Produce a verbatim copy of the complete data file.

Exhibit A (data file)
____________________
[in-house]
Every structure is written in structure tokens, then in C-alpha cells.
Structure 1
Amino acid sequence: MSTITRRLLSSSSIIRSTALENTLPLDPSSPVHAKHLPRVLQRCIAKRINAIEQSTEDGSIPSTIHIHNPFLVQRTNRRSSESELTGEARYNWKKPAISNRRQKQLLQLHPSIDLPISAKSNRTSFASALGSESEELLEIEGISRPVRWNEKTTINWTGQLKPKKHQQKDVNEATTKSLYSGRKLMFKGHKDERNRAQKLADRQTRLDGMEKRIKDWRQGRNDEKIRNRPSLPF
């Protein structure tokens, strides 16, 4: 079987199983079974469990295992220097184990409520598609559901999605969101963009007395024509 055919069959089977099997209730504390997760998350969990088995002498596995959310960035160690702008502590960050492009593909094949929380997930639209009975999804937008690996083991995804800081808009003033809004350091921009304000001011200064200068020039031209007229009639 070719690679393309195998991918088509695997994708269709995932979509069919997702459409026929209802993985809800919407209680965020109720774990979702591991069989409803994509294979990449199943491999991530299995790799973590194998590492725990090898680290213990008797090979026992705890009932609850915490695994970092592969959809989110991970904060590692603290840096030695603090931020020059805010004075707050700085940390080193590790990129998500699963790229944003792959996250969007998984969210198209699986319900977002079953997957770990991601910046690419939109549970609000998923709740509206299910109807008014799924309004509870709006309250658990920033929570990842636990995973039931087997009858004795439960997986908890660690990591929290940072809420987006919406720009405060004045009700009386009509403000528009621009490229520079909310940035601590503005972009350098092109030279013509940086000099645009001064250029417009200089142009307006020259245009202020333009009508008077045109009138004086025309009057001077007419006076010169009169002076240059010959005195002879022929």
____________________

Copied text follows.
[in-house]
Every structure is written in structure tokens, then in C-alpha cells.
Structure 1
Amino acid sequence: MSTITRRLLSSSSIIRSTALENTLPLDPSSPVHAKHLPRVLQRCIAKRINAIEQSTEDGSIPSTIHIHNPFLVQRTNRRSSESELTGEARYNWKKPAISNRRQKQLLQLHPSIDLPISAKSNRTSFASALGSESEELLEIEGISRPVRWNEKTTINWTGQLKPKKHQQKDVNEATTKSLYSGRKLMFKGHKDERNRAQKLADRQTRLDGMEKRIKDWRQGRNDEKIRNRPSLPF
């Protein structure tokens, strides 16, 4: 079987199983079974469990295992220097184990409520598609559901999605969101963009007395024509 055919069959089977099997209730504390997760998350969990088995002498596995959310960035160690702008502590960050492009593909094949929380997930639209009975999804937008690996083991995804800081808009003033809004350091921009304000001011200064200068020039031209007229009639 070719690679393309195998991918088509695997994708269709995932979509069919997702459409026929209802993985809800919407209680965020109720774990979702591991069989409803994509294979990449199943491999991530299995790799973590194998590492725990090898680290213990008797090979026992705890009932609850915490695994970092592969959809989110991970904060590692603290840096030695603090931020020059805010004075707050700085940390080193590790990129998500699963790229944003792959996250969007998984969210198209699986319900977002079953997957770990991601910046690419939109549970609000998923709740509206299910109807008014799924309004509870709006309250658990920033929570990842636990995973039931087997009858004795439960997986908890660690990591929290940072809420987006919406720009405060004045009700009386009509403000528009621009490229520079909310940035601590503005972009350098092109030279013509940086000099645009001064250029417009200089142009307006020259245009202020333009009508008077045109009138004086025309009057001077007419006076010169009169002076240059010959005195002879022929």